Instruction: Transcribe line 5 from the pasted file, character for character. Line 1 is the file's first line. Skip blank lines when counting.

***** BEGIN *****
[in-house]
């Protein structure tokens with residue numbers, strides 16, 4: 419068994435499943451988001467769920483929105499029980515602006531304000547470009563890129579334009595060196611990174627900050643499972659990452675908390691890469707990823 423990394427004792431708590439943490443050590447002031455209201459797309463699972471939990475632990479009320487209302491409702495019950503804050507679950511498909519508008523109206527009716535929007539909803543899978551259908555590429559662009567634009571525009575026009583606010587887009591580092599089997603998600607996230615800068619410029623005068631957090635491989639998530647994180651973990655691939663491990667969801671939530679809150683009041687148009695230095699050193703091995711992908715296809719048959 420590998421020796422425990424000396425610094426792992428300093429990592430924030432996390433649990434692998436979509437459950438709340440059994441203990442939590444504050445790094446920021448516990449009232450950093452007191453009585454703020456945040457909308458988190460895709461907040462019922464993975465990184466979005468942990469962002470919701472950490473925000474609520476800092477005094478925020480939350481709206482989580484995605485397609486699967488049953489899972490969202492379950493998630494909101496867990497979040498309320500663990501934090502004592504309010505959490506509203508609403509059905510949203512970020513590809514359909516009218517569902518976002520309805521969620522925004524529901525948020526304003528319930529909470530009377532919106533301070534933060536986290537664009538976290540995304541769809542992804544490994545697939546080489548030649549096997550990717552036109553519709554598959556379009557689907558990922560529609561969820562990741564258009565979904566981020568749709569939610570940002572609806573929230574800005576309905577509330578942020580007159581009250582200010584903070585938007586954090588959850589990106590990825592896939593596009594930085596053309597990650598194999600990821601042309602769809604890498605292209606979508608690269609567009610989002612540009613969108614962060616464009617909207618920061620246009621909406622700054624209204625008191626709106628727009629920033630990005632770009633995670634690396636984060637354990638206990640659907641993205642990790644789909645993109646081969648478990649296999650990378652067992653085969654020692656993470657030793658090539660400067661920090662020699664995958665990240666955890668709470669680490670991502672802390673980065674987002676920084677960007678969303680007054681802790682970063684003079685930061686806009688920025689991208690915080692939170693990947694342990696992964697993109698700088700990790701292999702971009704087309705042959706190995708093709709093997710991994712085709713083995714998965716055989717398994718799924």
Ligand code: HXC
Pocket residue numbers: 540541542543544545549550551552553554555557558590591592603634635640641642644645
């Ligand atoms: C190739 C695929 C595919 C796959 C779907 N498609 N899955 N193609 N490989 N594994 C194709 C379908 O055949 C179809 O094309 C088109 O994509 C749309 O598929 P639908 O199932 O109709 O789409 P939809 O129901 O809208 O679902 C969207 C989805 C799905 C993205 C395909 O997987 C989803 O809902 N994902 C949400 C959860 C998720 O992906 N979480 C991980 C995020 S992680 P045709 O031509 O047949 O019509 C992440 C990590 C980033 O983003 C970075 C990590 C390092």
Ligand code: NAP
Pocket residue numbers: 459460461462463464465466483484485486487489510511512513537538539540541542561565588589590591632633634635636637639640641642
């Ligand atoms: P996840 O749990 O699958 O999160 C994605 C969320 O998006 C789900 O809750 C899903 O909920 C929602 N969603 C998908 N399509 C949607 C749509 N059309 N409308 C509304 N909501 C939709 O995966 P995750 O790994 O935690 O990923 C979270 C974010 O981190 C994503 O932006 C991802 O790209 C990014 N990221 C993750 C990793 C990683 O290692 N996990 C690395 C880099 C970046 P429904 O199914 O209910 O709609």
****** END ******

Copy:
């Ligand atoms: C190739 C695929 C595919 C796959 C779907 N498609 N899955 N193609 N490989 N594994 C194709 C379908 O055949 C179809 O094309 C088109 O994509 C749309 O598929 P639908 O199932 O109709 O789409 P939809 O129901 O809208 O679902 C969207 C989805 C799905 C993205 C395909 O997987 C989803 O809902 N994902 C949400 C959860 C998720 O992906 N979480 C991980 C995020 S992680 P045709 O031509 O047949 O019509 C992440 C990590 C980033 O983003 C970075 C990590 C390092």